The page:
Employers have a responsibility to prevent and address such behavior, ensuring a workplace free from harassment and violence. Failure to do so certainly violates established human rights but also has detrimental effects on employees and organizational culture.

Preventing and responding to sexual harassment requires a multifaceted approach that typically begins with the implementation of a comprehensive anti-sexual harassment policy. This policy should clearly define prohibited conduct, outline reporting procedures, and specify consequences for violations. All employees should receive training on recognizing, preventing, and addressing sexual harassment, emphasizing the importance of respect, consent, and boundaries in the workplace.

To effectively respond to harassment complaints, organizations must ensure that procedures for reporting and investigating incidents are transparent and accessible. Complaints should be taken seriously, investigated promptly, and resolved impartially, with due consideration for the confidentiality and well-being of the complainant. Best practices also recommend employers to provide resources such as counseling services and employee assistance programs to support individuals affected by harassment.

Creating a healthy environment for complainants involves fostering a culture of accountability and empathy, where victims are empowered to speak out without fear of retaliation. By promoting open communication and zero-tolerance for harassment, organizations can send a clear message that such behavior will not be tolerated and will be met with swift and appropriate action.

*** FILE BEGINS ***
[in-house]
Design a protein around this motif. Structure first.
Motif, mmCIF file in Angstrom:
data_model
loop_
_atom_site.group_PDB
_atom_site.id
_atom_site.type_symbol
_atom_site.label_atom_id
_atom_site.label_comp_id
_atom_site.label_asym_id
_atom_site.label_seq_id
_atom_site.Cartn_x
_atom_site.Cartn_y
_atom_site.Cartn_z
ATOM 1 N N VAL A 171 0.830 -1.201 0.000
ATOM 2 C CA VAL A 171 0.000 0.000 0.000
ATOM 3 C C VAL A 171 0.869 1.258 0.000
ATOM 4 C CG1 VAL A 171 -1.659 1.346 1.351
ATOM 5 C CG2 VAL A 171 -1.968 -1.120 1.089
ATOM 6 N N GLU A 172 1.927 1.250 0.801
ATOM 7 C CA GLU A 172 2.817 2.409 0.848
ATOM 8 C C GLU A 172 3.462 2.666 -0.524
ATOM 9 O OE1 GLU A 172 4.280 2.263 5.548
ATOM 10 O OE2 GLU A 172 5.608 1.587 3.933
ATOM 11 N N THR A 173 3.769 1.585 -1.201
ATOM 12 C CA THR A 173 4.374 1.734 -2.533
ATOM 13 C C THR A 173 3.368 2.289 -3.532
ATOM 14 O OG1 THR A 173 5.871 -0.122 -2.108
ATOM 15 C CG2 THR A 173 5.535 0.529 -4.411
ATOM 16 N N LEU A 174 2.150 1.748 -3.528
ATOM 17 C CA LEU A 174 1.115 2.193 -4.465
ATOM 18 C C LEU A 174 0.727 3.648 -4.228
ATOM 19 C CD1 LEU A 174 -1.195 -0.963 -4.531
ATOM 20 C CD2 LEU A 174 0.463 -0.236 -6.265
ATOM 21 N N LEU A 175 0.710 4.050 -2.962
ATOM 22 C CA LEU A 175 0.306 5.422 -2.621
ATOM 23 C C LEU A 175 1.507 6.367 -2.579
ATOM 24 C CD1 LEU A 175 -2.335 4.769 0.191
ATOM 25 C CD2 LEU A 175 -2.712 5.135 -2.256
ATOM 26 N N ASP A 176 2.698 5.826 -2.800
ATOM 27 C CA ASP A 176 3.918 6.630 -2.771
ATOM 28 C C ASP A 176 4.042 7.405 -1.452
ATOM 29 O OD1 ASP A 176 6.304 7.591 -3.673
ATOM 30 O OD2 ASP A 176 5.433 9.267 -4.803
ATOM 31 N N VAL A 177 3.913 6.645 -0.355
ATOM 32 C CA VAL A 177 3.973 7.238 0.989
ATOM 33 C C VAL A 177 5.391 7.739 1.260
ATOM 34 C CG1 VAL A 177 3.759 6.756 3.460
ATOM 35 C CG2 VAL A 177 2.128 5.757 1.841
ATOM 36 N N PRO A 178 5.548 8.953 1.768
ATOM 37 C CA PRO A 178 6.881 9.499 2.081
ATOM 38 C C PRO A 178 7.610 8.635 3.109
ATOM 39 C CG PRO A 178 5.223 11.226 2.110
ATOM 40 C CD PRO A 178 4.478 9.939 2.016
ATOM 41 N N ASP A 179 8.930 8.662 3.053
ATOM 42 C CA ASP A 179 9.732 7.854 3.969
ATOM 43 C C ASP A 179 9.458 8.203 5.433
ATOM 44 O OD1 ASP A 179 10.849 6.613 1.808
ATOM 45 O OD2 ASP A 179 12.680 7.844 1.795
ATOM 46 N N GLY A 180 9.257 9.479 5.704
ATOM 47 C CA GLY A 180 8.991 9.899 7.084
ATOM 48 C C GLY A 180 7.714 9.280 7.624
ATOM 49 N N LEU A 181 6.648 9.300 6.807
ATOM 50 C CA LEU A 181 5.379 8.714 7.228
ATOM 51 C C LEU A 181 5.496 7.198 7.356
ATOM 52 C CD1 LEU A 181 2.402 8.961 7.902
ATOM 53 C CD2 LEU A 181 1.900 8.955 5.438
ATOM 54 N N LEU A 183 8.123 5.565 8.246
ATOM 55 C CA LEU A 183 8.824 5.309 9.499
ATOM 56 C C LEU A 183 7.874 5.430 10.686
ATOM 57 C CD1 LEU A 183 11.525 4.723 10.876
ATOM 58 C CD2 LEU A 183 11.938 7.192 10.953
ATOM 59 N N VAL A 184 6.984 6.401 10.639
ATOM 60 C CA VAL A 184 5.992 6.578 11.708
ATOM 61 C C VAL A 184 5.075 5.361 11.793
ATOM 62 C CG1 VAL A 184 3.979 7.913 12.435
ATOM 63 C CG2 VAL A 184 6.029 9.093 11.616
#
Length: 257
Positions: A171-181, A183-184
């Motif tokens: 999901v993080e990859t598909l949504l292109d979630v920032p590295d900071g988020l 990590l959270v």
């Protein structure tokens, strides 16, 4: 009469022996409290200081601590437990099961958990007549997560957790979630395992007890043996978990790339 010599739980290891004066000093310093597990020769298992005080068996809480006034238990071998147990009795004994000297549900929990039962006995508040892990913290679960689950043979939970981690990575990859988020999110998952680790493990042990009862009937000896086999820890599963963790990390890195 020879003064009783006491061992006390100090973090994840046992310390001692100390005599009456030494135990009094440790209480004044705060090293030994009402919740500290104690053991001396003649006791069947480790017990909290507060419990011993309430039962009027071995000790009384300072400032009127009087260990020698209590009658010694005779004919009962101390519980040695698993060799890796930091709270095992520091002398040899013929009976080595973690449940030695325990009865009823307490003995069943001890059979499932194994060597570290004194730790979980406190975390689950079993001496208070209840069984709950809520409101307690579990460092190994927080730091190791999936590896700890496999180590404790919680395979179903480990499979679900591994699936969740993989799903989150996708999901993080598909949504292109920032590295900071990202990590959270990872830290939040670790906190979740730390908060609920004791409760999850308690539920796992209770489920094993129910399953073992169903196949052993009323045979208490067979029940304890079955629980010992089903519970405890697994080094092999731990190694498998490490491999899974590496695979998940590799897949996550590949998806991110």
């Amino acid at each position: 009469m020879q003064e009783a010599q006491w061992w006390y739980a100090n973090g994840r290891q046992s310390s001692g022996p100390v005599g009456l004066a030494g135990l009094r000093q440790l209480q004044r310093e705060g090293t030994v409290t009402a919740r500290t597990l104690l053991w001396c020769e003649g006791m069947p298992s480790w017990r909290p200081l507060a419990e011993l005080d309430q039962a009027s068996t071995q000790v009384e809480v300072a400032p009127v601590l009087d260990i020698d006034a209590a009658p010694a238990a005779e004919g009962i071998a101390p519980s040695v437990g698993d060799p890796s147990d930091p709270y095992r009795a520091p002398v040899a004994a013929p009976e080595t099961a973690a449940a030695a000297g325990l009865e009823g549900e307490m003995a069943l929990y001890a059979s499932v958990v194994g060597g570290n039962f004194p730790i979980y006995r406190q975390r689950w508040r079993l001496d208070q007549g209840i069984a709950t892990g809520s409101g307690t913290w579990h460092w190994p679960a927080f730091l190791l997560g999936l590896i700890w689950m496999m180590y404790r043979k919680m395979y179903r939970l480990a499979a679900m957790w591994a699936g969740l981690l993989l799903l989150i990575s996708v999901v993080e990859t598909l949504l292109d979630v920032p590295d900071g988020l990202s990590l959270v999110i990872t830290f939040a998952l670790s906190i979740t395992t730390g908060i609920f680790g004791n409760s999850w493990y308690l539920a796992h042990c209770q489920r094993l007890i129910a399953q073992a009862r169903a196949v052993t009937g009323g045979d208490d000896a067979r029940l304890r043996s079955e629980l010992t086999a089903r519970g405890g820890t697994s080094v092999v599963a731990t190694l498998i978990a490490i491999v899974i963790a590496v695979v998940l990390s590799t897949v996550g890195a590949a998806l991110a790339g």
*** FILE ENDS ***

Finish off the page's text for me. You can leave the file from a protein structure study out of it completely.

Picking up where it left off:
Sexual Assault Centers, Crisis Lines, and Support Services

In addition to internal resources, individuals who have experienced sexual violence can seek support from external organizations specializing in trauma-informed care.

If you are in immediate danger, or fear for your safety, please call 911 or your local emergency services number.

For those in search of support after an experience of sexual harassment or sexual violence. Sexual assault centers, crisis lines, and support services offer confidential and non-judgmental support to survivors. This support often looks like providing counseling, legal advocacy and support, and referrals to other resources as needed.

In Canada, the Ending Violence Association of Canada does excellent work to aggregate regional and identity-focused sexual assault centers, crisis lines, and support services. Visit their database to find a local support service that is best suited for your needs. While most service offerings in Canada are regionally focused, the Salal Sexual Violence Support Centre located in Vancouver also provides national support for women, trans, nonbinary, Two-Spirit, and gender diverse people who have survived sexual harassment and violence.


Preventing sexual violence and harassment in the workplace is a highly complex social issue. It requires a concerted effort from employers, employees, and society as a whole. By implementing proactive measures, fostering a culture of respect and accountability, and providing support to those affected, we can create safer and more inclusive work environments where everyone can be treated with dignity and respect.

Reference- https://ca.practicallaw.thomsonreuters.com/9-502-7844?originationContext=document&transitionType=DocumentItem&contextData=(sc.Default)&ppcid=0f0cb6055a9b48949fa4e1efc2f37512#co_anchor_a169241